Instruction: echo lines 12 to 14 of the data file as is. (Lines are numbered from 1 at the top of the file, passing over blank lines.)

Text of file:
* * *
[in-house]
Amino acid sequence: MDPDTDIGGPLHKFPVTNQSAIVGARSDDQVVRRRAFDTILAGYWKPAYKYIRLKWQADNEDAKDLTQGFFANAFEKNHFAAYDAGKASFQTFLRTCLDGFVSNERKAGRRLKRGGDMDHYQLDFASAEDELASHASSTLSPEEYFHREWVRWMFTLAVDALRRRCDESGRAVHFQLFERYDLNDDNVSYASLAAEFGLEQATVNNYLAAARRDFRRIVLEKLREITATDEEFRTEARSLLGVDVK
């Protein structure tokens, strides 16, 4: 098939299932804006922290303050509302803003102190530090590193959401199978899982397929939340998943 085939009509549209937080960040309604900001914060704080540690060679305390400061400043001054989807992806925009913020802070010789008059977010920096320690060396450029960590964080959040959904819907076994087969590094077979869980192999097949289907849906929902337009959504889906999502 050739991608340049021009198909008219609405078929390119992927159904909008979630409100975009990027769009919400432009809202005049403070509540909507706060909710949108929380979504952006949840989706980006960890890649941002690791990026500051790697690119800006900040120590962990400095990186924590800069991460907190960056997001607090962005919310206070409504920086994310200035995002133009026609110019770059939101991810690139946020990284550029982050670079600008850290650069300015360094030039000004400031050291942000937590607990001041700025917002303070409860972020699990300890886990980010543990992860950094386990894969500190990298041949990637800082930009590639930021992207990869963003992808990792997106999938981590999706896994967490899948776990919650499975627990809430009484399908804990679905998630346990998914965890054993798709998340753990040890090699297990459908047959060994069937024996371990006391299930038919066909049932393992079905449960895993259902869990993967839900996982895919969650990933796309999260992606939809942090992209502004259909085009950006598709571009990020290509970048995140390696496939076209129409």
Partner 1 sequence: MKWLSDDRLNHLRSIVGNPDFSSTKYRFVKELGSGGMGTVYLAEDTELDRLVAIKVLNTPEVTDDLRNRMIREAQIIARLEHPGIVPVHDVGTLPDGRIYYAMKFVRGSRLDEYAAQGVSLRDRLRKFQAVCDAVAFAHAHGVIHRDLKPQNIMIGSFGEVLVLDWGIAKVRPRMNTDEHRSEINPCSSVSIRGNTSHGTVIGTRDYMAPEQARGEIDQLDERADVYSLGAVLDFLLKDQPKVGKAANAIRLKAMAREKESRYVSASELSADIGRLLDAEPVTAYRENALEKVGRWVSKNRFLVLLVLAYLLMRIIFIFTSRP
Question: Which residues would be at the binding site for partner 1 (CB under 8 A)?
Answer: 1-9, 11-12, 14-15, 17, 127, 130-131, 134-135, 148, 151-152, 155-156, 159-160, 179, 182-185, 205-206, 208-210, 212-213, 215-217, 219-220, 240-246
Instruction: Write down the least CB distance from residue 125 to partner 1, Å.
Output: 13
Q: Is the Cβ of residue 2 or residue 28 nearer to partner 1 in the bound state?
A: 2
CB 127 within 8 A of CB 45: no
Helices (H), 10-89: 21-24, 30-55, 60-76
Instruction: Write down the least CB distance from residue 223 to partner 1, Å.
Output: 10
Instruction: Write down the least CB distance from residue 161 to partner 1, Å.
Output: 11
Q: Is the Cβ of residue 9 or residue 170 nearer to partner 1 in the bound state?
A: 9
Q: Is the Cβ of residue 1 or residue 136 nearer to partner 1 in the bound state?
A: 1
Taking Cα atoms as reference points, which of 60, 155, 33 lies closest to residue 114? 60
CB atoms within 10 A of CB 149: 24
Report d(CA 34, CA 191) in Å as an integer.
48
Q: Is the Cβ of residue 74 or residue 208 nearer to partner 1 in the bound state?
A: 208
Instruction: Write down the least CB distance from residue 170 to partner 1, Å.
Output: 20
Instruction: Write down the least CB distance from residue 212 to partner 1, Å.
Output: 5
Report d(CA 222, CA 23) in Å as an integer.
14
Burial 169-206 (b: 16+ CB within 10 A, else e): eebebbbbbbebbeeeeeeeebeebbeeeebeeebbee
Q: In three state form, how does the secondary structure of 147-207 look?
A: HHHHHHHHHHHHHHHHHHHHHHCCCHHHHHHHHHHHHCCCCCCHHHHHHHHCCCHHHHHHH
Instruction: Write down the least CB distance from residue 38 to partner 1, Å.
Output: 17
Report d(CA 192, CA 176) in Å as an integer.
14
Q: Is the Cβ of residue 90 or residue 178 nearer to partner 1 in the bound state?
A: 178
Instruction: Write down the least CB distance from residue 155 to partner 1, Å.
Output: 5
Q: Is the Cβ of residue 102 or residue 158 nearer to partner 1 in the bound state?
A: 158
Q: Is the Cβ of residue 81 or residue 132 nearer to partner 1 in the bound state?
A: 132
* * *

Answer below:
Helices (H), 10-89: 21-24, 30-55, 60-76
Instruction: Write down the least CB distance from residue 223 to partner 1, Å.
Output: 10